“Why do Americans find government so baffling and irritating—even though many of us depend on public programs for a secure retirement, an affordable mortgage, or a college loan? In this timely and important book, political scientist Suzanne Mettler explains how the United States has come to rely on hidden, indirect policies that privilege special interests but puzzle regular citizens. American democracy can do better, and she shows how. Politicians and the public alike have much to learn from her brilliant and engaging analysis.”
—Theda Skocpol, Harvard University
The Submerged State
How Invisible Government Policies Undermine American Democracy
|Publication Date: October 17, 2011 ||$15.00 • £9.50 |
|International publication date: November 14, 2011 ||978-0-226-52165-7 |
With his re-election campaign in full swing, President Obama faces a series of challenges in the upcoming year: namely a 9.1% unemployment rate and an electorate pessimistic about the country’s current track. Many Americans—with outspoken Tea Party activists at the fore—are calling for smaller government and a decrease in federally backed services. Yet most of the Americans hostile to these programs have at some point relied on them and even valued them. Why? Suzanne Mettler argues that it’s largely because most Americans have no idea that they’re receiving these services. They know they pay taxes, but they don’t realize that they’re also benefiting every single day: from the hidden subsidies, little-known programs, and substantial tax breaks that make up the “submerged state.”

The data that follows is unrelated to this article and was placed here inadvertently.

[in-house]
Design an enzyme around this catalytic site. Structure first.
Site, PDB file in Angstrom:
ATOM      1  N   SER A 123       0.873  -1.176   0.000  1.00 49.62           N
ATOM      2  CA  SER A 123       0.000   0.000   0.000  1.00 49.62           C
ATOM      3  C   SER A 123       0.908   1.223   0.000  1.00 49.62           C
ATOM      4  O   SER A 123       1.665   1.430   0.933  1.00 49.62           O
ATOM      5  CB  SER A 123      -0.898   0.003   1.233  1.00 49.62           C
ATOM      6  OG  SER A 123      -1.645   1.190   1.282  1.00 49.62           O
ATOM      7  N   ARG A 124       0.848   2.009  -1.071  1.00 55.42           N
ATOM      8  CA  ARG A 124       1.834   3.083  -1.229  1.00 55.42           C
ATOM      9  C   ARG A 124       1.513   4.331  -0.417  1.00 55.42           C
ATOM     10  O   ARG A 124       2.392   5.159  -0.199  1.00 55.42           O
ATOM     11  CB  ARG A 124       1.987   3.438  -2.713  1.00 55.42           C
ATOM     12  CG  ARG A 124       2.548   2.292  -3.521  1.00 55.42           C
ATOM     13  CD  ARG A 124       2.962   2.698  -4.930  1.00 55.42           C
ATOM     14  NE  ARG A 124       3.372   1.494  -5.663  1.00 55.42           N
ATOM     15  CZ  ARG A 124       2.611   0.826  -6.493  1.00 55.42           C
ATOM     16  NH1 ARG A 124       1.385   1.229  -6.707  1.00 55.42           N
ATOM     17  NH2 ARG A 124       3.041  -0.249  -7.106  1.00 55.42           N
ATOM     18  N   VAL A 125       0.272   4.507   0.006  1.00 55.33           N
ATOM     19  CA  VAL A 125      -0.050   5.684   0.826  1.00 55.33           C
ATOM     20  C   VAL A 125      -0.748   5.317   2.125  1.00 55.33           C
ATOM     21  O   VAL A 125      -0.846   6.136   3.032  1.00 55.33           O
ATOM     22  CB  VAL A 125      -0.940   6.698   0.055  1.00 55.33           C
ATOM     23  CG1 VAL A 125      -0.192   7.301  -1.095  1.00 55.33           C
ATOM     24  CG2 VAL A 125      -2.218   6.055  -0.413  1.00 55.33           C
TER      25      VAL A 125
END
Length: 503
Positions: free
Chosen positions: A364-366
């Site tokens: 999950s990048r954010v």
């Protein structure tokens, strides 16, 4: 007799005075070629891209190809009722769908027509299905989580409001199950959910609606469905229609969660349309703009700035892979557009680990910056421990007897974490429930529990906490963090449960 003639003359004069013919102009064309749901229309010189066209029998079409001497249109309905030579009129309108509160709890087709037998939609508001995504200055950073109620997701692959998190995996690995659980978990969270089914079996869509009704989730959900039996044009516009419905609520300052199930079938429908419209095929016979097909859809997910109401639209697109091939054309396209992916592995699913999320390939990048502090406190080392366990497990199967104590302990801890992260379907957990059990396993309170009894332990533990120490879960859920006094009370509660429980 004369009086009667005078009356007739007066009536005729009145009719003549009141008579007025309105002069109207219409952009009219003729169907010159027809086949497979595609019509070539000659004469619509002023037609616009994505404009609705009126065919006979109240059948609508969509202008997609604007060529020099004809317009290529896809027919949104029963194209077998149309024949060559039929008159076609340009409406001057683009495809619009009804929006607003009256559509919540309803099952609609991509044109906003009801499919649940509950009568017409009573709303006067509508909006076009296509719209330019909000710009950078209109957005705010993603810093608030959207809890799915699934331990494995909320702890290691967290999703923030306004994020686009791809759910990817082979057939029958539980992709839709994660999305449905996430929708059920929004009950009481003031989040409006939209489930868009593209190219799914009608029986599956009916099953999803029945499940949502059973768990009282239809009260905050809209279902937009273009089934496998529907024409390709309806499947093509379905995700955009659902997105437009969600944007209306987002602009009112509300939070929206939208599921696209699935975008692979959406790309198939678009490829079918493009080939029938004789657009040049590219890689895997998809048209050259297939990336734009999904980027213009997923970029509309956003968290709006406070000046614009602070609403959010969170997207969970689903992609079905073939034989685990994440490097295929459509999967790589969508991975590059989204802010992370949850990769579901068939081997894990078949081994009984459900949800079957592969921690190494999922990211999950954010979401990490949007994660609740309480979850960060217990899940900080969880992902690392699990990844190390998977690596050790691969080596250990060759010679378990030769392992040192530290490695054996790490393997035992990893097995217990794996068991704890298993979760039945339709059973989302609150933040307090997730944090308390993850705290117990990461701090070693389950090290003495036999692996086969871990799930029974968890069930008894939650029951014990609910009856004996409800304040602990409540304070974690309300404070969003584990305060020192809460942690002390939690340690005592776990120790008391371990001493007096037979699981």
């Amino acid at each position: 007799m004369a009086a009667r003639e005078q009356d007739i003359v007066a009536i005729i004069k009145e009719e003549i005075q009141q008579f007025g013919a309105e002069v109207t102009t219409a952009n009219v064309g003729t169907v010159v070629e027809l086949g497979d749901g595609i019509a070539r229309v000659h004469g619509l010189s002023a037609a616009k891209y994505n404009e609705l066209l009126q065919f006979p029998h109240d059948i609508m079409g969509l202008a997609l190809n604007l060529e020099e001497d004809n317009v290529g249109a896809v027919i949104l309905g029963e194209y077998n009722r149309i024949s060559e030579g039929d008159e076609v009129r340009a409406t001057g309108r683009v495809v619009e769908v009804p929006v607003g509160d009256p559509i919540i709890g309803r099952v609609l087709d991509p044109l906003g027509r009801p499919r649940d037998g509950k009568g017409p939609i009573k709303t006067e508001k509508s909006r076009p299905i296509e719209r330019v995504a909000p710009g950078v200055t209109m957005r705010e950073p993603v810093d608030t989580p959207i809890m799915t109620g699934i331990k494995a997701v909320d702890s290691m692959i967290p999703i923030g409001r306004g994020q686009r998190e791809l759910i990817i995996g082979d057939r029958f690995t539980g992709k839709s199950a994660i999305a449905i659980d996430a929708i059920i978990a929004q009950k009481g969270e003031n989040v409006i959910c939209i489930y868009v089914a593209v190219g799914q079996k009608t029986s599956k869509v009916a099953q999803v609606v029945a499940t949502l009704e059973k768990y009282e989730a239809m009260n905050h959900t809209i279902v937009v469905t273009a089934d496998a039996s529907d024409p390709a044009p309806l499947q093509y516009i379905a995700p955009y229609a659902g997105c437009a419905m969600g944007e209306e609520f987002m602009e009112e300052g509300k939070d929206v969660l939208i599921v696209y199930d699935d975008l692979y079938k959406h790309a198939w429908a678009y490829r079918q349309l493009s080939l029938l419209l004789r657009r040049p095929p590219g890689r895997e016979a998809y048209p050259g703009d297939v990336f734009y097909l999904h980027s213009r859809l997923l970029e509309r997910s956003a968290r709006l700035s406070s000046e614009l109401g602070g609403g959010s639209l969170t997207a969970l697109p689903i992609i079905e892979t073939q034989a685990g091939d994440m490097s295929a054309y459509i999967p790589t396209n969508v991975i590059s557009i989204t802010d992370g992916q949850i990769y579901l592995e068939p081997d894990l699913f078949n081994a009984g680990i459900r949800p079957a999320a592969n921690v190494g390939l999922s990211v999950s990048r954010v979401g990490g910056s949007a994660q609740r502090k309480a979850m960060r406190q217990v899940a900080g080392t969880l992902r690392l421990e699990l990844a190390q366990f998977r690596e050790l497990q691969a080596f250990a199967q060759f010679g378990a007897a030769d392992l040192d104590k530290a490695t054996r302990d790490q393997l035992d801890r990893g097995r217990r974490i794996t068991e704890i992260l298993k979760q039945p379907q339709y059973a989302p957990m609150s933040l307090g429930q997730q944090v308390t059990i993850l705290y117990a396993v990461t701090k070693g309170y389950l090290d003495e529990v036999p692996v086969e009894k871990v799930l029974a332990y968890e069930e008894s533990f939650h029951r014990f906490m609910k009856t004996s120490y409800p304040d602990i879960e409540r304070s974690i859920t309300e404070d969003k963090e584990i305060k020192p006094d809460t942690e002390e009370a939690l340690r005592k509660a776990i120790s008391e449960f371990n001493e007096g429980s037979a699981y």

In recent decades, federal policymakers have increasingly shunned the outright disbursing of benefits to individuals and families and favored instead less visible and more indirect incentives and subsidies, from tax breaks to payments for services to private companies. These submerged policies, Mettler shows, obscure the role of government and exaggerate that of the market. As a result, citizens are unaware of the benefits they receive, nor do they realize that the policies of the submerged state bestow their largest benefits on the most affluent Americans, exacerbating inequality. Mettler analyzes three Obama reforms—student aid, tax relief, and health care—to reveal the submerged state and its consequences, demonstrating how structurally difficult it is to enact policy reforms and even to obtain public recognition for achieving them. She concludes with recommendations for reform to help bring government policies back to the surface and encourage citizens to reclaim their voice in the political process.
Suzanne Mettler is the Clinton Rossiter Professor of American Institutions at Cornell University. Her most recent book is Soldiers to Citizens: The G.I. Bill and the Making of the Greatest Generation.
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